Sunday, August 24, 2008

Garryowen

The Regimental Song "Garryowen"

came informally into the Army between 1861 and 1866

as a quickstep

, but its use was first documented by the 7th U.S. Cavalry Band

about the time the song became the regimental air.

George Armstrong Custer did not, himself, bring the song to the regiment,

but Brevet Lieutenant Colonel (Captain) Myles W. Keogh

and several other officers with ties to the

Fifth Royal Irish Lancers and the Papal Guard,

two Irish regiments in the British Army,

were believed to be instrumental

in bringing the air to the regiment.

Original Lyrics
The most accurate origin of the song "Garryowen"
is from a small Irish town outside of Limerick,
where the 5th Royal Irish Lancers made their home.
The town's name, Garryowen, means "Owen's Garden"; but the old tune soon came to become associated with the Lancers' drinking.
The Irish poet Thomas Moore wrote the words around 1807:

Lyric 1:
Let Bacchus' sons be not dismayed
We'll break windows, we'll break doors,
But join with me each jovial blade;
The watch knock down by threes and fours;
Come booze and sing, and lend your aid,
Then let the doctors work their cures,
To help me with the chorus.
And tinker up our bruises.

CHORUS:
Instead of spa we'll drink down ale,
We'll beat the bailiffs out of fun,
And pay the reck'ning on the nail;
We'll make the mayors and sheriffs run;
No man for debt shall go to jail
And are the boys no man dares run,
From Garryowen in glory.
If he regards a whole skin.

Lyric 2:
We are boys that take delight in
Smashing the Limerick lights when lighting,
Our hearts so stout have got us fame,
Through the streets like Sporters fighting,
For soon 'tis known from when we came;
And tearing all before us.
Where're we go they dread the name
Of Garryowen in glory.

CHORUS


"Sergeant Flynn"

Another song, of unknown origin,

but associated with the 7th Cavalry is "Sergeant Flynn.

" By the verses in the original version,

the song was written after the Battle of Little Big Horn.

Thanks go to Ed Grens, an Infantry Officer from the 1950s,

for contributing the second set of lyrics and his

rendition

of the tune.

Mr. Grens stipulates that the phrase

"drive the sabers to the hilt

might indicate an origin after

the introduction of the

Model 1914 Cavalry Saber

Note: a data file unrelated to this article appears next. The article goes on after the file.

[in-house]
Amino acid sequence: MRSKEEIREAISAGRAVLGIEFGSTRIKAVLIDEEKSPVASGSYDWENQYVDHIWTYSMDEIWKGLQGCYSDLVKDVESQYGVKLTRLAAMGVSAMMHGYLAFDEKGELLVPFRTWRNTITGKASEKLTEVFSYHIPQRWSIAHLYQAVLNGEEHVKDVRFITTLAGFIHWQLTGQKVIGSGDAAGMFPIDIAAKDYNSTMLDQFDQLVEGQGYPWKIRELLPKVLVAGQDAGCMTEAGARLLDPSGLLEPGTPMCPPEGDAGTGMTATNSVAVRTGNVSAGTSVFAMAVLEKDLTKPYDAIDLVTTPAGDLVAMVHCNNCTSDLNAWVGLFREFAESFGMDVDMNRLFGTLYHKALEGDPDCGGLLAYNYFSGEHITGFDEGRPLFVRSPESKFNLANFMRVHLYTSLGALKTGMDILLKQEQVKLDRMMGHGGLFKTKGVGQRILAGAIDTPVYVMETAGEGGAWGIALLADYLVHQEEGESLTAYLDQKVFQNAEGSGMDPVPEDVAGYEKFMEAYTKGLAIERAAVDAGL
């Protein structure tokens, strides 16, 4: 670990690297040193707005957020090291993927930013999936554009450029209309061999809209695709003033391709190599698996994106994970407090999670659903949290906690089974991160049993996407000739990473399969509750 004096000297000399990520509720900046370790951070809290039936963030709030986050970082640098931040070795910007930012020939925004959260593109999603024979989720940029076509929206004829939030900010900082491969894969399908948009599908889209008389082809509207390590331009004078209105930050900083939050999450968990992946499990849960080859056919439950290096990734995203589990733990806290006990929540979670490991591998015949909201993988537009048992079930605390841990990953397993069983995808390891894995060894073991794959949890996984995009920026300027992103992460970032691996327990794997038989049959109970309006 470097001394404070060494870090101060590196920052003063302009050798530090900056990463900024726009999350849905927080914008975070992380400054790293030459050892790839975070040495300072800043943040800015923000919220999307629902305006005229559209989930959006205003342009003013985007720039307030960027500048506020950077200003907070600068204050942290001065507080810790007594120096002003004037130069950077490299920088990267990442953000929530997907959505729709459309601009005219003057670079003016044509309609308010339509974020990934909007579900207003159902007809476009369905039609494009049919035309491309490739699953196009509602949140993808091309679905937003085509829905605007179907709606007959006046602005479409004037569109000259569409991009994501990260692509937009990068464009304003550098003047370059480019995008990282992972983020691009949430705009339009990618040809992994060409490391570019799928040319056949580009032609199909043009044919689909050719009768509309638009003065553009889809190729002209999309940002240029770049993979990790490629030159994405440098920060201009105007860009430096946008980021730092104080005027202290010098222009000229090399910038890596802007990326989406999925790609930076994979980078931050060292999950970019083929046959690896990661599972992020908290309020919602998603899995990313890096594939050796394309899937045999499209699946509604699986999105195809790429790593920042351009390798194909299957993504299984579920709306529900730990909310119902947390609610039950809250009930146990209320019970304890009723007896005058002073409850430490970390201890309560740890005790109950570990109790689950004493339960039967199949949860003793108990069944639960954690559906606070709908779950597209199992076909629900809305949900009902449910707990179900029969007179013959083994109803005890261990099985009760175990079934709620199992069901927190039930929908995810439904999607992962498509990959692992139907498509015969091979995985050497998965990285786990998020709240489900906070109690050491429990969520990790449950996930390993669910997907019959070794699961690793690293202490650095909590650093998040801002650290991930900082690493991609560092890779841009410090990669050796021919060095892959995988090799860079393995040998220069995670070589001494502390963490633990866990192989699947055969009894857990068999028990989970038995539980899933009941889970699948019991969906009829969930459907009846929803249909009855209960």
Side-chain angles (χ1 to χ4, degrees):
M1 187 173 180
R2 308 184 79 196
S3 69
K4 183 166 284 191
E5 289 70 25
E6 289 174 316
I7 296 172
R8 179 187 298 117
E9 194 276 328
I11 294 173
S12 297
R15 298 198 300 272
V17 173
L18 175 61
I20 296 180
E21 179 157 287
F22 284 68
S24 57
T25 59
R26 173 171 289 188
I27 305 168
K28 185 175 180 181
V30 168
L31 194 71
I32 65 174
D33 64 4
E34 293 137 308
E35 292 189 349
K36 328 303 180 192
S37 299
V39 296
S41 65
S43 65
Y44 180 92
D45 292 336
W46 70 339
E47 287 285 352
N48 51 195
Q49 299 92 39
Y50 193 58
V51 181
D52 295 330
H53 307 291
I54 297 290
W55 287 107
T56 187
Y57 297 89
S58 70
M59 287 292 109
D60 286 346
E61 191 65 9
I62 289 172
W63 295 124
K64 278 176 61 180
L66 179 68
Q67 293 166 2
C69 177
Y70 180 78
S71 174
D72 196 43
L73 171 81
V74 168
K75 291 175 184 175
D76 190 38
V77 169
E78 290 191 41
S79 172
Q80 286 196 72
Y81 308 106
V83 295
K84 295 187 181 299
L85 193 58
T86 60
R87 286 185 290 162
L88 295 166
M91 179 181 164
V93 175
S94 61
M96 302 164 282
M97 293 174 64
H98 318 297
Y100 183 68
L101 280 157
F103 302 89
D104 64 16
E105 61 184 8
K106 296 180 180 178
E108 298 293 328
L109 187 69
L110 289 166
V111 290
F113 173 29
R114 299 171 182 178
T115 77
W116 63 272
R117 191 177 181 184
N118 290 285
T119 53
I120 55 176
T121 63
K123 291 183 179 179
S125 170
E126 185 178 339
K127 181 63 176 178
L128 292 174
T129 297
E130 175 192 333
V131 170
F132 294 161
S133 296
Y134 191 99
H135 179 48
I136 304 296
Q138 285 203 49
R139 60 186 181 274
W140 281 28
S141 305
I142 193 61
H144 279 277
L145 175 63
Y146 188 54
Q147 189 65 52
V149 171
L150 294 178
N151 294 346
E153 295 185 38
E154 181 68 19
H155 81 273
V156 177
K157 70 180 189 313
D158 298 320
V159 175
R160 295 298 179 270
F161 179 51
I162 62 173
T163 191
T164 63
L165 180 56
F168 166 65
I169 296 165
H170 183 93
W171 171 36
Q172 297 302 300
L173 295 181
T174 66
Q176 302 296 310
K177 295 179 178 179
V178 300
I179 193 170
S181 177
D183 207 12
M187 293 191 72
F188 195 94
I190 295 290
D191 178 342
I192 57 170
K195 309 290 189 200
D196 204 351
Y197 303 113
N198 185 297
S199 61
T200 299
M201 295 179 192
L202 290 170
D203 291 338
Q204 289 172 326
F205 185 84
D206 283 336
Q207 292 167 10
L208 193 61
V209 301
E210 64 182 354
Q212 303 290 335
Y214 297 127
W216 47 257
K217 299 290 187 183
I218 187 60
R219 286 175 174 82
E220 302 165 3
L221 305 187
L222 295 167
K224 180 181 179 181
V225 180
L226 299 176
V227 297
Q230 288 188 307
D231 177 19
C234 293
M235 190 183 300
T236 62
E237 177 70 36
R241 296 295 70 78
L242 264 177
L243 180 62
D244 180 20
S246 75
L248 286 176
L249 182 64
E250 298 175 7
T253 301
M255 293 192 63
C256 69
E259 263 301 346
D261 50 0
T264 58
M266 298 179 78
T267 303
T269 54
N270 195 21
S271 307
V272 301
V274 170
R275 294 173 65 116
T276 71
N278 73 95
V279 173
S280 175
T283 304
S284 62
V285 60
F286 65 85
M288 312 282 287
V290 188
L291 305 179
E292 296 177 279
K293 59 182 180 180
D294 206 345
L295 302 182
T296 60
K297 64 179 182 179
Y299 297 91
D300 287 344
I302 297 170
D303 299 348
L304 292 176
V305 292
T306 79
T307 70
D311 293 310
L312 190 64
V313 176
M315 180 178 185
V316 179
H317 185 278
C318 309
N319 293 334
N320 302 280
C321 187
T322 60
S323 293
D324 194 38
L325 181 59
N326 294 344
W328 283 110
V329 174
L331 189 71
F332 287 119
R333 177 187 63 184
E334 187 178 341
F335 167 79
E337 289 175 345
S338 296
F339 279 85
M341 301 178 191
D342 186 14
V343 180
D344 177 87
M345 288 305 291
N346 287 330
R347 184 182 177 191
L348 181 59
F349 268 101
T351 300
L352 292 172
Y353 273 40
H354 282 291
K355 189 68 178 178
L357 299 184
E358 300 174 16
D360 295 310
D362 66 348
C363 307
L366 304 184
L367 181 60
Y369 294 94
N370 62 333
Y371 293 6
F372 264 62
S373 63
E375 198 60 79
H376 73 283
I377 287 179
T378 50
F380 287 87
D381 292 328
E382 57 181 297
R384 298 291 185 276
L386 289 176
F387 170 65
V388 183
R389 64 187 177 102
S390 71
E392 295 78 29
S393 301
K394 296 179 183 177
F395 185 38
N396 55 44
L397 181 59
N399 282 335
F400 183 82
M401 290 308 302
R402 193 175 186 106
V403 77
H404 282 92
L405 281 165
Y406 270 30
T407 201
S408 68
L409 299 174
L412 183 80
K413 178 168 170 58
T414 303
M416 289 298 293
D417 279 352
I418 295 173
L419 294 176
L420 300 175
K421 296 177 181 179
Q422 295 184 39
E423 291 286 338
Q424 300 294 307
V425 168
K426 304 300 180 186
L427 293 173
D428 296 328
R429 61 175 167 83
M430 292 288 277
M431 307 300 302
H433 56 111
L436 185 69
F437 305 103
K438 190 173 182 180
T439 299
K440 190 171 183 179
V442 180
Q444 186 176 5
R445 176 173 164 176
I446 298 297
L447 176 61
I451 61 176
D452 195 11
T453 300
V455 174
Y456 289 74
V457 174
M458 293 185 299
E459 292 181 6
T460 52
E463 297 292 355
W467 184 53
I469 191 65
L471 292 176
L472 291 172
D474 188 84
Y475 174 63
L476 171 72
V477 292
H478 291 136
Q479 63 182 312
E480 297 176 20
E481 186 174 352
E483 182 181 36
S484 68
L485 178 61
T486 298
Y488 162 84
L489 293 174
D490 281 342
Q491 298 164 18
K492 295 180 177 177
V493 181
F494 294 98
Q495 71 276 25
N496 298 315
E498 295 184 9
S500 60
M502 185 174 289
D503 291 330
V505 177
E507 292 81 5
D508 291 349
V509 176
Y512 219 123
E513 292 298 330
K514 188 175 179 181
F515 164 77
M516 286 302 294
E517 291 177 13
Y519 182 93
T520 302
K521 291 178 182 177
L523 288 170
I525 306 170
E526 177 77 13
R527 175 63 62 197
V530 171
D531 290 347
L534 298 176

, when the manual was changed to

stress thrusting

, rather than slashing, with the saber."



Lyric 1:
All through the night the Sioux keep singing, Sergeant Flynn,
I can hear their tom-toms ringing Sergeant Flynn,
Oh I hear their tom-toms ringing
And I hear the Sioux bucks singing
But they know not yet the tune of Garryowen.

CHORUS:
Garryowen, Garryowen, Garryowen
In this valley of Montana all alone
There are better days to be for the Seventh Cavalry
When we charge again for dear old Garryowen

Lyric 2:
There's the forward we're advancing,
Sergeant Flynn,
In the breeze of guidons dancing, Sergeant Flynn,
Trot- ho (yell); Gallop- ho (yell); Charge (yell)
We will drive the cutthroats under
Drive the sabre to the hilt for Garryowen.

CHORUS

Lyric 3:
Ten thousand braves are riding, Sergeant Flynn,
In the Black Hills they are riding, Sergeant Flynn,
Crazy Horse and Sitting Bull
They will get their bellies full
Of lead and steel from men of Garryowen.

CHORUS

Lyric 4:
We'll dismount and fight the heather, Sergeant Flynn,
While they're still a trooper breathing, Sergeant Flynn,
In the face of sure disaster
Keep those carbines firing faster
Let those volleys ring for dear old Garryowen.

CHORUS

Lyric 5:
We are ambushed and surrounded, Sergeant Flynn,
But recall has not yet sounded, Sergeant Flynn,
Tell your men stand fast and rally
Make your last stand in this valley
For the Seventh Cavalry and Garryowen.

CHORUS

Lyric 6 (Slowly):
Oh your bones to dust will crumble, Sergeant Flynn,
In the years out drums will rumble, Sergeant Flynn,
In the annals of the brave
Comes a whisper from the grave,
On the breeze we're singing dear old Garryowen.

CHORUS





3 comments:

John said...

Yes, quite like this one. Though I've no great opinion of Custer. Got lucky in the Civil War, and lived on that ever after until LBH.

StephanieS said...

Custer was an insane maniac with Narcissistic Disorder, in my humble opinion.

John said...

Yes, that just about sums him up.